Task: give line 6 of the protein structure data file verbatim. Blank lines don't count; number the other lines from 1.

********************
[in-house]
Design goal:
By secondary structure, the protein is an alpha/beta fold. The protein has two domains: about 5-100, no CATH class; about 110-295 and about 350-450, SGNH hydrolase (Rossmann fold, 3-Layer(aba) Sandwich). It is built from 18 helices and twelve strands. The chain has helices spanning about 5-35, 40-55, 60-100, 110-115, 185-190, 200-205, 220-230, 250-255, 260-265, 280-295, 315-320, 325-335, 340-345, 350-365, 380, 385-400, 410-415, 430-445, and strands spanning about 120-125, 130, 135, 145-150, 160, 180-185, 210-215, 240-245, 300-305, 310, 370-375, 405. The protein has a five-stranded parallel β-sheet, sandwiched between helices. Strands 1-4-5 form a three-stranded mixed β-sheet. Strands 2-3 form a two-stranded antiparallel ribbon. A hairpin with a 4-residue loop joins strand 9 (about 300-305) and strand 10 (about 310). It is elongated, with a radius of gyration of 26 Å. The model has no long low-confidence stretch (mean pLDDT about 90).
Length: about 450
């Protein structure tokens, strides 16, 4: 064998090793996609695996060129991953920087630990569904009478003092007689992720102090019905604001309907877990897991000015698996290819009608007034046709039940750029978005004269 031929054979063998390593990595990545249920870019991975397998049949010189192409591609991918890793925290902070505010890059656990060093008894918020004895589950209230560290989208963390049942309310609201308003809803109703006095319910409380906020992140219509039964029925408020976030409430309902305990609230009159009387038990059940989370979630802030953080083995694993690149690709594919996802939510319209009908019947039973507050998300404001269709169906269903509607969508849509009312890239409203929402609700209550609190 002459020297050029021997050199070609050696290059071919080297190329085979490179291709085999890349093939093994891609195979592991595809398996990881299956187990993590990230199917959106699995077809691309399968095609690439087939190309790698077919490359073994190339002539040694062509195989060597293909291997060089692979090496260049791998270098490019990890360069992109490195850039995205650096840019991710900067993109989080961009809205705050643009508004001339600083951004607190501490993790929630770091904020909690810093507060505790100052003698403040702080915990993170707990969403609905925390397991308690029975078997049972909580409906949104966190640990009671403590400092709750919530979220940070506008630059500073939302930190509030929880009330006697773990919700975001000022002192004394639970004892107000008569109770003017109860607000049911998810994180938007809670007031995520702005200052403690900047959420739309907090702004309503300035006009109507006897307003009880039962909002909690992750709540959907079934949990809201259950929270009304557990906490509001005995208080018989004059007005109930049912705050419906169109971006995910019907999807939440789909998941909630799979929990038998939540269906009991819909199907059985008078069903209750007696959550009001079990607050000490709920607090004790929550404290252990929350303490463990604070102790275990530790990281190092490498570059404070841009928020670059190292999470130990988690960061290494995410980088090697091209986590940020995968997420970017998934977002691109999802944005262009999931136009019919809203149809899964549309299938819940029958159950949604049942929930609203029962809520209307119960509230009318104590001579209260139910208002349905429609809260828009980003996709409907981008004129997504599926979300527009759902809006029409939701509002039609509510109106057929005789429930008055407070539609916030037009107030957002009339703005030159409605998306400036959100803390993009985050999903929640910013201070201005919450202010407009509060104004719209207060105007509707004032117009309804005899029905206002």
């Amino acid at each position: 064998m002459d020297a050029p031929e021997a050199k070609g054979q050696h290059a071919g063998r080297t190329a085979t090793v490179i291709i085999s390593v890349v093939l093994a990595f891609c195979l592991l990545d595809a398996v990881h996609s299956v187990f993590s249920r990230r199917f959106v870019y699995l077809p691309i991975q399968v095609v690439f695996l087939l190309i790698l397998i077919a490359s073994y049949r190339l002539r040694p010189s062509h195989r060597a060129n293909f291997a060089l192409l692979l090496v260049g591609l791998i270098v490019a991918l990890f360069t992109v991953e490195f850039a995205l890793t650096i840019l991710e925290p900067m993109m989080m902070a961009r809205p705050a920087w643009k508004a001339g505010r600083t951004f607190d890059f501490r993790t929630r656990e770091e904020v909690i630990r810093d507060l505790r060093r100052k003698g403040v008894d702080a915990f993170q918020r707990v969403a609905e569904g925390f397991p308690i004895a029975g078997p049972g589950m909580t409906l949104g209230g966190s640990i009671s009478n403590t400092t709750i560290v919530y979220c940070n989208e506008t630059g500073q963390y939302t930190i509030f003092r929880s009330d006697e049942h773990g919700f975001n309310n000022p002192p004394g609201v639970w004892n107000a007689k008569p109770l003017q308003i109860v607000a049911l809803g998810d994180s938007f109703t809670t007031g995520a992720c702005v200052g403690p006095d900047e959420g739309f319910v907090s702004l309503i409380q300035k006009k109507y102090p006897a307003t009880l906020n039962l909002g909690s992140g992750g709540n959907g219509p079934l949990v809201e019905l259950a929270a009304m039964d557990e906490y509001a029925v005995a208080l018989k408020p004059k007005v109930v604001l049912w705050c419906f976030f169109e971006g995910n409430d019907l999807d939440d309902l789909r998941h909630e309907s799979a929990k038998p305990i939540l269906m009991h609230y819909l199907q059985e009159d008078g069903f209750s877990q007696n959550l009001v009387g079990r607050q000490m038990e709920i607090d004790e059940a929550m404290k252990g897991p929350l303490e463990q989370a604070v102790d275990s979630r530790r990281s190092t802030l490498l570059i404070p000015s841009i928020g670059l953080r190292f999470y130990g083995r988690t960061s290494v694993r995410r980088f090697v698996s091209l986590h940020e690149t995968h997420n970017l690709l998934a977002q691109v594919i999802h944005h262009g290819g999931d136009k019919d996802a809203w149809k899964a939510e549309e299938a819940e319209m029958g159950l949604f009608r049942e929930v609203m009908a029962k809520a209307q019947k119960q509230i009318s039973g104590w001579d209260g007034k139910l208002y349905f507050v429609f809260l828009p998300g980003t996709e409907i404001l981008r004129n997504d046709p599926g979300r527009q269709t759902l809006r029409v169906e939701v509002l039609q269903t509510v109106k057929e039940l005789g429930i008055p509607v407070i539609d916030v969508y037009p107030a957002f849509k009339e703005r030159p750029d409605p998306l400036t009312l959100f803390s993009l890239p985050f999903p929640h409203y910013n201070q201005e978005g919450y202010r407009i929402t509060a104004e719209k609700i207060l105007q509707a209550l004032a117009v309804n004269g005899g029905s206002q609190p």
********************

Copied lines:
């Amino acid at each position: 064998m002459d020297a050029p031929e021997a050199k070609g054979q050696h290059a071919g063998r080297t190329a085979t090793v490179i291709i085999s390593v890349v093939l093994a990595f891609c195979l592991l990545d595809a398996v990881h996609s299956v187990f993590s249920r990230r199917f959106v870019y699995l077809p691309i991975q399968v095609v690439f695996l087939l190309i790698l397998i077919a490359s073994y049949r190339l002539r040694p010189s062509h195989r060597a060129n293909f291997a060089l192409l692979l090496v260049g591609l791998i270098v490019a991918l990890f360069t992109v991953e490195f850039a995205l890793t650096i840019l991710e925290p900067m993109m989080m902070a961009r809205p705050a920087w643009k508004a001339g505010r600083t951004f607190d890059f501490r993790t929630r656990e770091e904020v909690i630990r810093d507060l505790r060093r100052k003698g403040v008894d702080a915990f993170q918020r707990v969403a609905e569904g925390f397991p308690i004895a029975g078997p049972g589950m909580t409906l949104g209230g966190s640990i009671s009478n403590t400092t709750i560290v919530y979220c940070n989208e506008t630059g500073q963390y939302t930190i509030f003092r929880s009330d006697e049942h773990g919700f975001n309310n000022p002192p004394g609201v639970w004892n107000a007689k008569p109770l003017q308003i109860v607000a049911l809803g998810d994180s938007f109703t809670t007031g995520a992720c702005v200052g403690p006095d900047e959420g739309f319910v907090s702004l309503i409380q300035k006009k109507y102090p006897a307003t009880l906020n039962l909002g909690s992140g992750g709540n959907g219509p079934l949990v809201e019905l259950a929270a009304m039964d557990e906490y509001a029925v005995a208080l018989k408020p004059k007005v109930v604001l049912w705050c419906f976030f169109e971006g995910n409430d019907l999807d939440d309902l789909r998941h909630e309907s799979a929990k038998p305990i939540l269906m009991h609230y819909l199907q059985e009159d008078g069903f209750s877990q007696n959550l009001v009387g079990r607050q000490m038990e709920i607090d004790e059940a929550m404290k252990g897991p929350l303490e463990q989370a604070v102790d275990s979630r530790r990281s190092t802030l490498l570059i404070p000015s841009i928020g670059l953080r190292f999470y130990g083995r988690t960061s290494v694993r995410r980088f090697v698996s091209l986590h940020e690149t995968h997420n970017l690709l998934a977002q691109v594919i999802h944005h262009g290819g999931d136009k019919d996802a809203w149809k899964a939510e549309e299938a819940e319209m029958g159950l949604f009608r049942e929930v609203m009908a029962k809520a209307q019947k119960q509230i009318s039973g104590w001579d209260g007034k139910l208002y349905f507050v429609f809260l828009p998300g980003t996709e409907i404001l981008r004129n997504d046709p599926g979300r527009q269709t759902l809006r029409v169906e939701v509002l039609q269903t509510v109106k057929e039940l005789g429930i008055p509607v407070i539609d916030v969508y037009p107030a957002f849509k009339e703005r030159p750029d409605p998306l400036t009312l959100f803390s993009l890239p985050f999903p929640h409203y910013n201070q201005e978005g919450y202010r407009i929402t509060a104004e719209k609700i207060l105007q509707a209550l004032a117009v309804n004269g005899g029905s206002q609190p």